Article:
The new $73-million Orange County Museum of Art will be more than a gallery for collectables; the structure will also stand as a panelized steel sculpture at the Segerstrom Center for the Arts in Costa Mesa, Calif.
Designed by Morphosis and being built by Clark Construction Group, the new 53,000-sq-ft facility will include nearly 25,000 sq ft of exhibition galleries, 10,000 sq ft for education, performances and public gatherings, among other amenities.
The new building will be highlighted by a complex exterior enclosure with custom metal segments and a light-colored terracotta facade, with bands of glazed terra-cotta panels. The terra cotta was mined in Ohio, and the panels fabricated in Buffalo, N.Y.
The museum’s exterior rainscreen is comprised of more than 7,000 custom, white, curved, terra cotta panels. The panels will weave across the complex curves of the museum’s exterior, making this element of work exceptionally challenging.
“When considering a building material for an art museum, we went with terra-cotta given its known durability, sustainability, and hand-made, artisan qualities,” says Crystal Wang, Morphosis project architect. The design firm worked closely with Boston Valley Terra Cotta "to push the boundaries of terra-cotta manufacturing and produce a combination of planer, curved and planar+curved rainscreen panels that make up the complex exterior and interior facades.”
On the outside, the design includes a grand public stair curving toward the entry, linking the new museum to The Segerstrom Concert Hall, which is approximately 40 ft from the 1.7-acre project site.
While working in close quarters has not been an issue, coordinating various trades responsible for creating the museum's enclosure—such as steel, framing, weather barrier, terra-cotta and glass—has been a major challenge, says Jane Parry, senior project manager, Clark Construction Group. More than 40 different subcontractors are working on the project. The OCMA team overcame these hurdles through coordination with the project designer, says Parry, with full design and construction team weekly meetings.
The museum façade features a series of differentially angled planes with radially curved surfaces connecting the various planes – all of which are clad with a terra-cotta rainscreen façade system, says Kais Al-Rawi, senior enclosure technical designer for Walter P. Moore, the project’s facade engineer. These surfaces interface with a long-span specialty glazing and skylight system creating an atrium space.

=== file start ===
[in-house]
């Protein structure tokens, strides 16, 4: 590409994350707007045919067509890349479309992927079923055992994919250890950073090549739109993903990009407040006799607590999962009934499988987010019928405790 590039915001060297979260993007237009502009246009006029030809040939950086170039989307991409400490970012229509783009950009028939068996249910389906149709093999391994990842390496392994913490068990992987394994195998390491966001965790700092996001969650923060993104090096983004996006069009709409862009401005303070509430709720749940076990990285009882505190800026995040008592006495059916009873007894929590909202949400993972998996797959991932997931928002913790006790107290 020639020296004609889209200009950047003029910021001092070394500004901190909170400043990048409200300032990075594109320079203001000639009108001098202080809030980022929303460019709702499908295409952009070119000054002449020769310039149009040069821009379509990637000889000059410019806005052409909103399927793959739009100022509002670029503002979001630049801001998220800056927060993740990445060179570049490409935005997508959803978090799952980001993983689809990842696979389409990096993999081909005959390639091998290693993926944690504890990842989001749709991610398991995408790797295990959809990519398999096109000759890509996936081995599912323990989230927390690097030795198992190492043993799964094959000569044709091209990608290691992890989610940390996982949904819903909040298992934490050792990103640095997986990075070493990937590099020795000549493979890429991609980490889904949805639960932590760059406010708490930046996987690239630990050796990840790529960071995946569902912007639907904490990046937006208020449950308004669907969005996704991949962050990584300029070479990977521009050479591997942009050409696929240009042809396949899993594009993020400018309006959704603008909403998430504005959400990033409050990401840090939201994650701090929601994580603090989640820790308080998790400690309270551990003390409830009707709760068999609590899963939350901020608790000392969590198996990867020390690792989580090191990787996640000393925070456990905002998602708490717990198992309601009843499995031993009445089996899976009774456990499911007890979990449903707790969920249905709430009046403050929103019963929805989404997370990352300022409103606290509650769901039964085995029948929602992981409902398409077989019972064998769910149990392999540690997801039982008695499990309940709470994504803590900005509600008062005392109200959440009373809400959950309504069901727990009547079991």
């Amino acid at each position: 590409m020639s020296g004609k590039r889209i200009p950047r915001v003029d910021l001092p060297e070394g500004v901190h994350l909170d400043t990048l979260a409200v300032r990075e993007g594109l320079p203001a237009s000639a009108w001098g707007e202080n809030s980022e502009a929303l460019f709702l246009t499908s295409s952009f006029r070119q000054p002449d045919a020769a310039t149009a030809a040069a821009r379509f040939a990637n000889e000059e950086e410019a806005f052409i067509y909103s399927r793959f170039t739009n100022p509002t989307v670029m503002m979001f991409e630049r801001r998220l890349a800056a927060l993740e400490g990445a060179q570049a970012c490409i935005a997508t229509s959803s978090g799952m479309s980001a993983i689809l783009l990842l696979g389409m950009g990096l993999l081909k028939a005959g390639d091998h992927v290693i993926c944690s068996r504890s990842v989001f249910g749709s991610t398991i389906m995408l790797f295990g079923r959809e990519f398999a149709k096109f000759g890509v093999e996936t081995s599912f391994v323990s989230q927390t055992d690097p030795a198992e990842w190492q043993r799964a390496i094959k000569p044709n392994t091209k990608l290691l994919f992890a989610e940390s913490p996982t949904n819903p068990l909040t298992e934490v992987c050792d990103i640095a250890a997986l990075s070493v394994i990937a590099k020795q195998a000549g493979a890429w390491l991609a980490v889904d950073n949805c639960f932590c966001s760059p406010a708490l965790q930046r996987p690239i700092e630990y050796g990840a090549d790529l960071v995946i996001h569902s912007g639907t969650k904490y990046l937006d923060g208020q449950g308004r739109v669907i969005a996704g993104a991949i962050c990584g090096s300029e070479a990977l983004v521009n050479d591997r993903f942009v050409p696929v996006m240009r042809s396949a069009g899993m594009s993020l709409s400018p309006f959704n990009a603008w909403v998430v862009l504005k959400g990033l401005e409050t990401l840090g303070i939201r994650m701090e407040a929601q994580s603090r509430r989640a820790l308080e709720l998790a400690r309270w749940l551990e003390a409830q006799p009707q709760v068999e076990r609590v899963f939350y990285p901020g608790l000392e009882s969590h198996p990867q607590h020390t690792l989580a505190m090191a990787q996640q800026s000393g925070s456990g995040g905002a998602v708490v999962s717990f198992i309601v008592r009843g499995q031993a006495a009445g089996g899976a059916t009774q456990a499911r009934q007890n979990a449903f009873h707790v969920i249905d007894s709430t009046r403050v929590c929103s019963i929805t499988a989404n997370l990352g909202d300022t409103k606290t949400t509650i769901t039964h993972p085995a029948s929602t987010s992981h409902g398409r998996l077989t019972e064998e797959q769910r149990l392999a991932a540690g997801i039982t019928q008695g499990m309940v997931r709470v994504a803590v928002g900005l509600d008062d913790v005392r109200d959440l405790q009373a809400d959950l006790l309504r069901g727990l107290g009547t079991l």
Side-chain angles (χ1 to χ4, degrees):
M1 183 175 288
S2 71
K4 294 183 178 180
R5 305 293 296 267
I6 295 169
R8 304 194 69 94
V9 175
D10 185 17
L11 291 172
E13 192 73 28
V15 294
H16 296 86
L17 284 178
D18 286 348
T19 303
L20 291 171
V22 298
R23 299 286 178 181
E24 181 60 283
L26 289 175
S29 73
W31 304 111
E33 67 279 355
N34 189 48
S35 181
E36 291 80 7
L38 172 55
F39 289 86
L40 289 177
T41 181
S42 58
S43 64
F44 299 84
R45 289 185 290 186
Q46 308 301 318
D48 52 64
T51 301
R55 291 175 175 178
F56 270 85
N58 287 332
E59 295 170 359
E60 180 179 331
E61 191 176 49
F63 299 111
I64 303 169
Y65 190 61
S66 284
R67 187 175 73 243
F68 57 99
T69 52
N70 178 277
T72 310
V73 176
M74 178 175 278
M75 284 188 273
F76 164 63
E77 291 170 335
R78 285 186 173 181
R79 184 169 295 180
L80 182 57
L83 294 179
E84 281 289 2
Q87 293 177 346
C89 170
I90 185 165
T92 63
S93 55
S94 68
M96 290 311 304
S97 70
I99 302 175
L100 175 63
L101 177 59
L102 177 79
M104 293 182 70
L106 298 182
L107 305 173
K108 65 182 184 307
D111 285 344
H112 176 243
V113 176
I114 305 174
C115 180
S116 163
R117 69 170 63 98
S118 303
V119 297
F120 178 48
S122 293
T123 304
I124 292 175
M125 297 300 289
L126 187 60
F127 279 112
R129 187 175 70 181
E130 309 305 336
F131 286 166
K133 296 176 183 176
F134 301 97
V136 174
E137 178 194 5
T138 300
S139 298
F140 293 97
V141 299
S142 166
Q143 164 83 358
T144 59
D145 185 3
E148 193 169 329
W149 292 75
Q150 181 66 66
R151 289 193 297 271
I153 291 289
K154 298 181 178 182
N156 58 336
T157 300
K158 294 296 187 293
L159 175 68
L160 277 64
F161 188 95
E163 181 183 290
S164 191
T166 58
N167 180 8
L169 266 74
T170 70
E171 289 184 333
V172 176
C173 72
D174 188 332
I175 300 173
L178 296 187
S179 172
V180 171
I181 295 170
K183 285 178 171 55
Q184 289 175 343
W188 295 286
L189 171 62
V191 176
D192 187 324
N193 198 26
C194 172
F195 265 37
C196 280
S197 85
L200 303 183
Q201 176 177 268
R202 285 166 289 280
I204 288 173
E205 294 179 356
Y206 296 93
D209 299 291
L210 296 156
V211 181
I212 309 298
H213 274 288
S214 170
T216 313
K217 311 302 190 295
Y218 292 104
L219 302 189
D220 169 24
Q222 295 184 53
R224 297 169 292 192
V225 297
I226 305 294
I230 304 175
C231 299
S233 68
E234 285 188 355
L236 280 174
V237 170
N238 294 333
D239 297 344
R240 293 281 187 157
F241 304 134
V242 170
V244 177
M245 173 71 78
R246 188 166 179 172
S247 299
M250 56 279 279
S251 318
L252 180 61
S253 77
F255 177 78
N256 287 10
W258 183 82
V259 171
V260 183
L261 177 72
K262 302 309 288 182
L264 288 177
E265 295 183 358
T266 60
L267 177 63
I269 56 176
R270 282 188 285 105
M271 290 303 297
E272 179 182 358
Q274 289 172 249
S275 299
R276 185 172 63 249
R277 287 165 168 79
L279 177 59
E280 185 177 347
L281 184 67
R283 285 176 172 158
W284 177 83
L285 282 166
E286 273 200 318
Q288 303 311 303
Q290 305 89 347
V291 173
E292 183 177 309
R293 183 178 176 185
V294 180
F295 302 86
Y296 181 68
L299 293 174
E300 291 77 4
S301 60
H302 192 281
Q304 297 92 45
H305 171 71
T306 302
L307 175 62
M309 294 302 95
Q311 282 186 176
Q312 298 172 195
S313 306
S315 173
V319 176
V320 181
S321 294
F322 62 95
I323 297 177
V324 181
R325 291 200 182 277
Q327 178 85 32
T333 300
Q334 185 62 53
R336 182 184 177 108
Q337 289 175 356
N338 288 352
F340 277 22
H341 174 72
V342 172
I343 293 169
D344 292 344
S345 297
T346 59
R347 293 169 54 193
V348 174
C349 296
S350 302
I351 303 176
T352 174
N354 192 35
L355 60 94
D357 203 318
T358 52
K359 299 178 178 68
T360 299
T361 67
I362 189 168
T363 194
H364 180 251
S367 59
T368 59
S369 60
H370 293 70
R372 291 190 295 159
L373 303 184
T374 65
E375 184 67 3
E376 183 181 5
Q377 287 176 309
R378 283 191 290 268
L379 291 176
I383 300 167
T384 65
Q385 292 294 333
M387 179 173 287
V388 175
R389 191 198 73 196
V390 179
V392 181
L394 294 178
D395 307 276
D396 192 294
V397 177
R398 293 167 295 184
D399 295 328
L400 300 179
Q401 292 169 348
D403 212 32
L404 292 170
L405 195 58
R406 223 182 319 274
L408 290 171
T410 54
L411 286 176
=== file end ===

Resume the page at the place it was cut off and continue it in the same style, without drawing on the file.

“One of the main engineering challenges for the façade was the development of a geometrically complex secondary steel system, which supports the entire terra-cotta façade, and the long-span glazing system in an integrated approach which provides compatibility in loads and movements between the systems, and eliminates independent support structures for each system,” says Al-Rawi.
Al-Rawi says the team used generated geometrical models for both engineering analysis, and contract documentation of the enclosure. The use of a fabrication geometry model “bridged scope between the design team and construction team; providing an accurate and efficient means to deliver the complex secondary steel scope of the project,” he says.
The museum’s specialty glass systems—fabricated in Spain and Germany—enclose a three-story atrium, and three glass bridges provide movement through the atrium to other museum spaces.
The lobby/skylight area presented another MEP challenge given the architectural vision and necessary structural system, adds Chris McClean, a partner with Buro Happold, MEP engineer and sustainability consultant. “Buro Happold’s solution integrated the MEP and used decoupled systems to condition remote areas,” says McClean. “Examples of this include minimized ductwork over the lobby and a central return at top of the lobby skylight; ductwork routed in void spaces between curved ceiling, walls and structure; central return strategies at top of skylight to cool bridges and reduce ductwork distribution; and used a VESDA system to discreetly integrate and improve operation.”
Designed to provide flexible and functional spaces, the four-level facility includes a mezzanine and mechanical level. The main floor is dedicated to reconfigurable open space and street-front galleries that can accommodate temporary and permanent exhibits. A spacious roof terrace, equivalent in size to 70% of the building’s footprint, serves as an extension of galleries, with a sculpture garden and reconfigurable open-air spaces.
“The unique form of the building presented several engineering opportunities,” says McClean.
Parbi Boodaghian, senior project engineer for John A. Martin & Associates Inc., the project’s structural engineer, one of the most fascinating challenges the team faced involved finding “unique structural solutions that satisfied the architectural design intent while maintaining the structural integrity of the design.”
Boodaghian’s team worked closely with the architect while developing the structural system, providing real-time feedback on where and how to locate a structural component, for example. "Being actively present in the development of the model is how we were able to design such a building," Boodaghian says. "As an engineer faced with a complex design, it becomes crucial to distill the problem into fundamental parts, and to always keep track of the load path."
The project is currently 50% complete, with work on the primary structure finished. Structural steel topped-out last October and crews are currently focused on the building enclosure and interior spaces. Construction began in September 2019 and is scheduled for completion in 2022.